Ripples of Occupy One Year On: Occupation, Umbrellas, and our Protest Future

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Not so long ago in a place not so far away, an unprecedented tide of passionate protests captured the attention of both international observers and citizens at home. Christened the Umbrella Movement (the Movement), the 79 days of civil disobedience in the heart of Hong Kong last year forever changed the political landscape of this city. Disillusioned with the old establishment, many have sought fresh outlets to express their views, and in cases where no such outlets existed, they have fashioned new organisations with audacious messages and aggressive tactics.

Tried and traditional 

Some of those hardest hit by these changes were the organisers of the city’s ritual July 1 march. Founded in September 2002 in response to the proposed Article 23 legislation, the Civil Human Rights Front (CHRF) has been the chief organiser of the annual protest held on Hong Kong’s Handover commemoration day for 12 years. Its first and most successful July 1 protest in 2003 drew over 500,000 marchers, a number exceeded only by the rally supporting the Tiananmen Square protests in May 1989, which saw 1.5 million protesters. The numbers have risen and fallen with public discontent with local and mainland governments. In 2014, Beijing’s White Paper on Hong Kong’s (non) democratic future led to another big turnout. This year, Occupy exhaustion and the rise of alternative protests saw the number drop, with only 48,000 participats.

Despite unpredictable changes in Hong Kong’s political landscape, coupled with increasingly popular forms of radical protest, Daisy Chan Sin-ying (陳倩瑩), the current convener of CHRF, remains confident in the relevance of traditional protest in the city.

“I don’t worry about the numbers,” she says, referring to low numbers of participants in the past recent July 1 march. “We’re not competing for numbers at our events. If more people participate in civil disobedience movements instead of more moderate forms of protest, the government will realise that they are facing a growing governance threat, forcing them to respond to public opinion and enact policy changes. We see it as progress when people deepen their participation in more radical forms of protest. There is no competition here.”

A sparser than usual July 1 crowd. (Photo: Michael Wong)

When asked about CHRF’s response to new forms of protest, Chan says her organisation will not be adopting them in the short term. “In the past few years, CHRF has been cooperating with organisations participating in civil disobedience like Occupy Central, the Hong Kong Federation of Students (HKFS), and Scholarism,” says Chan.“But I think, at least at the moment, it’s very unlikely that CHRF will be conducting any civil disobedience movements. That’s because within our organisation, we have groups like unions or professional groups – such as teachers – who can’t afford to be adversely affected by the consequences of participating in civil disobedience. Until it appears that a large majority of society have chosen to use civil disobedience as their method of protest, we will maintain our current cooperation [with groups that use civil disobedience], to ensure that participants can comfortably express their opinions.”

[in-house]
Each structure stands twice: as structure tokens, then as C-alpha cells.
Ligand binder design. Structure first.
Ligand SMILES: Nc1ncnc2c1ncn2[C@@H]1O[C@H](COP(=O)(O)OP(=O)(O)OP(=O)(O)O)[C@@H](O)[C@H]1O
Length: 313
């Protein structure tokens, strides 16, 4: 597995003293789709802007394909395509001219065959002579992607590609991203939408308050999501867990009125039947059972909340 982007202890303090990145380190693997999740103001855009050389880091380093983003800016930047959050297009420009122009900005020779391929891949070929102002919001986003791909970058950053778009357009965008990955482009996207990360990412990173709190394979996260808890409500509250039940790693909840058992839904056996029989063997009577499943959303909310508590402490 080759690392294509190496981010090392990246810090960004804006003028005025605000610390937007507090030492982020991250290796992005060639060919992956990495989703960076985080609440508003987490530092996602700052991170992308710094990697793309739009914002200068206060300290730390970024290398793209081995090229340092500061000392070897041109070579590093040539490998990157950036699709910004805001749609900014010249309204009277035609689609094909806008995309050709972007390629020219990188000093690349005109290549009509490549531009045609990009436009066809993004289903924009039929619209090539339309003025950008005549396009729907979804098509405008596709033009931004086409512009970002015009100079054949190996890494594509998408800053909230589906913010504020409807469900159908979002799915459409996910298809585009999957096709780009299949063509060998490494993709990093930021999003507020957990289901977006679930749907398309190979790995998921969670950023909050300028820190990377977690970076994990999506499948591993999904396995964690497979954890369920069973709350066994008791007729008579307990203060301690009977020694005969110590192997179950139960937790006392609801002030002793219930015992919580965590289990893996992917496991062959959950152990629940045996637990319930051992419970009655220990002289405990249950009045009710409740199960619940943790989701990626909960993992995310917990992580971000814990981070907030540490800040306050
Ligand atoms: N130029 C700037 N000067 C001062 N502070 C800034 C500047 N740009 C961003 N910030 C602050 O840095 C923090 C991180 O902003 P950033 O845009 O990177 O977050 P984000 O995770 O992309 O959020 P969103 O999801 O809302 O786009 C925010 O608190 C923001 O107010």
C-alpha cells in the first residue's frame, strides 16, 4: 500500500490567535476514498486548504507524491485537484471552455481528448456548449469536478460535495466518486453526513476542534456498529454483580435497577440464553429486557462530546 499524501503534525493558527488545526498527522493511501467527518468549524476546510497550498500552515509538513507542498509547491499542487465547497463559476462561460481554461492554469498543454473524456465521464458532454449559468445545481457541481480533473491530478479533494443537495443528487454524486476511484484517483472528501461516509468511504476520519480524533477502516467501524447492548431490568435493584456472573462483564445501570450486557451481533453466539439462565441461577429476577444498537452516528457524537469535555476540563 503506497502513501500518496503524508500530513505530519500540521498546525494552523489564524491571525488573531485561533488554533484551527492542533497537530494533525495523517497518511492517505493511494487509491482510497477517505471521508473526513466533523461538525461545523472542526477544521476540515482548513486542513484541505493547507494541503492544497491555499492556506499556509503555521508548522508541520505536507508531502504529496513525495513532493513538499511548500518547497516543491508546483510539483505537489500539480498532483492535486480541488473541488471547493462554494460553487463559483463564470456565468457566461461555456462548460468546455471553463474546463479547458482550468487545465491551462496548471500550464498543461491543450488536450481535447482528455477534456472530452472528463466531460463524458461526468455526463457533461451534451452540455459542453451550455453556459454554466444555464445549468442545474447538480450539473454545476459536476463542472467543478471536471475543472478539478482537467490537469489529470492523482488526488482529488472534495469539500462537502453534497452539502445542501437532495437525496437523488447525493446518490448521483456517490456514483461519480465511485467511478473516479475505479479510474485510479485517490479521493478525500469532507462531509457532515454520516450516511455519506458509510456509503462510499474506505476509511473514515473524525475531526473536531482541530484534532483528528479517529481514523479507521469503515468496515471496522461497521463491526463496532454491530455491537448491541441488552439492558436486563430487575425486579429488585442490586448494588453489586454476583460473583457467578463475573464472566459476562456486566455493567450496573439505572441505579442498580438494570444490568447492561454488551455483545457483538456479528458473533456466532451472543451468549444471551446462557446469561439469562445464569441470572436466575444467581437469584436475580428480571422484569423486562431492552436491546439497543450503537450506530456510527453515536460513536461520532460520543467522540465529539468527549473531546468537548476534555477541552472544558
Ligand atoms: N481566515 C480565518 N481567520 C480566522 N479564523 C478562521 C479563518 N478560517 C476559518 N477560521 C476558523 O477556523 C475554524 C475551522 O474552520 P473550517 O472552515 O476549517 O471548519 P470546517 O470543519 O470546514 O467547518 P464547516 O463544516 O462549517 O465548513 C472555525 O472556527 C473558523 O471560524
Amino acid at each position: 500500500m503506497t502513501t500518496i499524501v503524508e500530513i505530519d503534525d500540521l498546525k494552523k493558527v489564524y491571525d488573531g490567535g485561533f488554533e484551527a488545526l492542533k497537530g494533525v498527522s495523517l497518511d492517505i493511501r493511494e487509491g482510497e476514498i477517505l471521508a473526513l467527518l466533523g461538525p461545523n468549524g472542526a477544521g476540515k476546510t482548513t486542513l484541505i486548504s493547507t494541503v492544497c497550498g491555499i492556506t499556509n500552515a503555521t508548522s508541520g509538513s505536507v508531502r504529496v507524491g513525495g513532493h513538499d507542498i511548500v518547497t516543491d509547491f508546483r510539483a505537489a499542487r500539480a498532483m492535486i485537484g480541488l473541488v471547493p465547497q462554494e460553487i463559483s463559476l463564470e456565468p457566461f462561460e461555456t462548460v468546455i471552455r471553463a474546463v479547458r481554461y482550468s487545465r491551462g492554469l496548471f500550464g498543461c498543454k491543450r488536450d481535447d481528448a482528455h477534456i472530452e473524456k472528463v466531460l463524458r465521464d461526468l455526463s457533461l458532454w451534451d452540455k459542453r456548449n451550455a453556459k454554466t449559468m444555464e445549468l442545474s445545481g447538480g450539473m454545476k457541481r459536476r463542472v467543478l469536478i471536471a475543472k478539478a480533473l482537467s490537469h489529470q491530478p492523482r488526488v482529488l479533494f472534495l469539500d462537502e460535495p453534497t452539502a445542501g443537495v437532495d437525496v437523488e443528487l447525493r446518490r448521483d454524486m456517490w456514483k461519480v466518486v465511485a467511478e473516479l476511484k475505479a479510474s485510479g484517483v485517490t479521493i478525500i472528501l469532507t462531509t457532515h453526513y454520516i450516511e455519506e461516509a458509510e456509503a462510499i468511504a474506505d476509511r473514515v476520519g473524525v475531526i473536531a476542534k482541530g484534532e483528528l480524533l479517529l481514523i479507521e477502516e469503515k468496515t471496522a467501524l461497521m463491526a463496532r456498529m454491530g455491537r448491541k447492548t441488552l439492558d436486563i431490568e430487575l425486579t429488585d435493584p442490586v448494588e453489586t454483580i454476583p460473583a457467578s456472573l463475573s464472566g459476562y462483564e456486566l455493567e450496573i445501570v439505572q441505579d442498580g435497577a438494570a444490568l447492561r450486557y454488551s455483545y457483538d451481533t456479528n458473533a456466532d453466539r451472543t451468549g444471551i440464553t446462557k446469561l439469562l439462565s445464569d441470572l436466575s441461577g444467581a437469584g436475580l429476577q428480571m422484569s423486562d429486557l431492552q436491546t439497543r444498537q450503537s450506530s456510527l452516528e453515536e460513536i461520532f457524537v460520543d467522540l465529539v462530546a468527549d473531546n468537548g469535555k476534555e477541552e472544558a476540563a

While many are concerned with growing political factionalism and the birth of new radical political organisations, Chan is unbothered by these developments. “In district council or LegCo elections [where the pan-democratic parties] need to compete with pro-establishment parties for seats, I believe that most groups can cooperate and unite. Of course, there is news now that some new groups don’t want to cooperate with the pan-democratic camp, such as Youngspiration. But whether they succeed or fail depends on the acceptance and support they receive from the public. On the surface, the birth of new and different organisations may seem like political fragmentation, but it reflects changes in public opinion. In terms of support for pan-democratic groups versus pro-establishment groups, I don’t think these new organisations will really shift the balance of power there.”

The ‘old’ young boys

HKFS, one of the organisations at the heart of the Movement, was also increasingly challenged, both by external forces and from within. Disappointed by the once prominent Federation’s indecision to take further action during the Movement and discontent with its internal politics, some university students initiated a wave of ‘separatist’ concern groups, leading to three member universities (Hong Kong University, Polytechnic University and Baptist University) quitting the federation. City University students voted to leave, but the vote is facing a procedural challenge that remains unresolved.